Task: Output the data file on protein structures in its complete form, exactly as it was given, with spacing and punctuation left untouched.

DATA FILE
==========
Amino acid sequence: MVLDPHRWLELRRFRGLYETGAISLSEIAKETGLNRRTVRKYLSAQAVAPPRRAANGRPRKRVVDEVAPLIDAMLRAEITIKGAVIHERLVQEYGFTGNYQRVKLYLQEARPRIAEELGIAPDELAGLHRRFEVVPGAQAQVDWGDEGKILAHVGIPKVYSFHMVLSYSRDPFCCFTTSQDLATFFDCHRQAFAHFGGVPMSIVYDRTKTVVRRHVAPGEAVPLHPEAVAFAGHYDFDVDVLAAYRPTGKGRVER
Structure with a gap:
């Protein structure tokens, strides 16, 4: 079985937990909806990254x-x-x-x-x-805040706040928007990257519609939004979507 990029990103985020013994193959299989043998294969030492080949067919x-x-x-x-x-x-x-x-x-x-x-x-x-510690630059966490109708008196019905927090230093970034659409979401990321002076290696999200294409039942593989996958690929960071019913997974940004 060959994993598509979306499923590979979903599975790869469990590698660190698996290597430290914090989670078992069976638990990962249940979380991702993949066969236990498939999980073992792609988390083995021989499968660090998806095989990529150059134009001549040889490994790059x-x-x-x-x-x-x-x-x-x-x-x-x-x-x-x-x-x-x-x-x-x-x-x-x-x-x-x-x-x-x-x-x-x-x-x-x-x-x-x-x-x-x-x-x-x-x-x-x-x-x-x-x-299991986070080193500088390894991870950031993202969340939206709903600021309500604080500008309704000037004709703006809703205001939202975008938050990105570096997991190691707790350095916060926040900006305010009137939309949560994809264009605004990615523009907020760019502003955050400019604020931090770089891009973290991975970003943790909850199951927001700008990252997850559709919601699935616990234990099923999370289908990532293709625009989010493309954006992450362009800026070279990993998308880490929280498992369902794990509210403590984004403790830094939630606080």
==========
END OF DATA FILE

Amino acid sequence: MVLDPHRWLELRRFRGLYETGAISLSEIAKETGLNRRTVRKYLSAQAVAPPRRAANGRPRKRVVDEVAPLIDAMLRAEITIKGAVIHERLVQEYGFTGNYQRVKLYLQEARPRIAEELGIAPDELAGLHRRFEVVPGAQAQVDWGDEGKILAHVGIPKVYSFHMVLSYSRDPFCCFTTSQDLATFFDCHRQAFAHFGGVPMSIVYDRTKTVVRRHVAPGEAVPLHPEAVAFAGHYDFDVDVLAAYRPTGKGRVER
Structure with a gap:
């Protein structure tokens, strides 16, 4: 079985937990909806990254x-x-x-x-x-805040706040928007990257519609939004979507 990029990103985020013994193959299989043998294969030492080949067919x-x-x-x-x-x-x-x-x-x-x-x-x-510690630059966490109708008196019905927090230093970034659409979401990321002076290696999200294409039942593989996958690929960071019913997974940004 060959994993598509979306499923590979979903599975790869469990590698660190698996290597430290914090989670078992069976638990990962249940979380991702993949066969236990498939999980073992792609988390083995021989499968660090998806095989990529150059134009001549040889490994790059x-x-x-x-x-x-x-x-x-x-x-x-x-x-x-x-x-x-x-x-x-x-x-x-x-x-x-x-x-x-x-x-x-x-x-x-x-x-x-x-x-x-x-x-x-x-x-x-x-x-x-x-x-299991986070080193500088390894991870950031993202969340939206709903600021309500604080500008309704000037004709703006809703205001939202975008938050990105570096997991190691707790350095916060926040900006305010009137939309949560994809264009605004990615523009907020760019502003955050400019604020931090770089891009973290991975970003943790909850199951927001700008990252997850559709919601699935616990234990099923999370289908990532293709625009989010493309954006992450362009800026070279990993998308880490929280498992369902794990509210403590984004403790830094939630606080």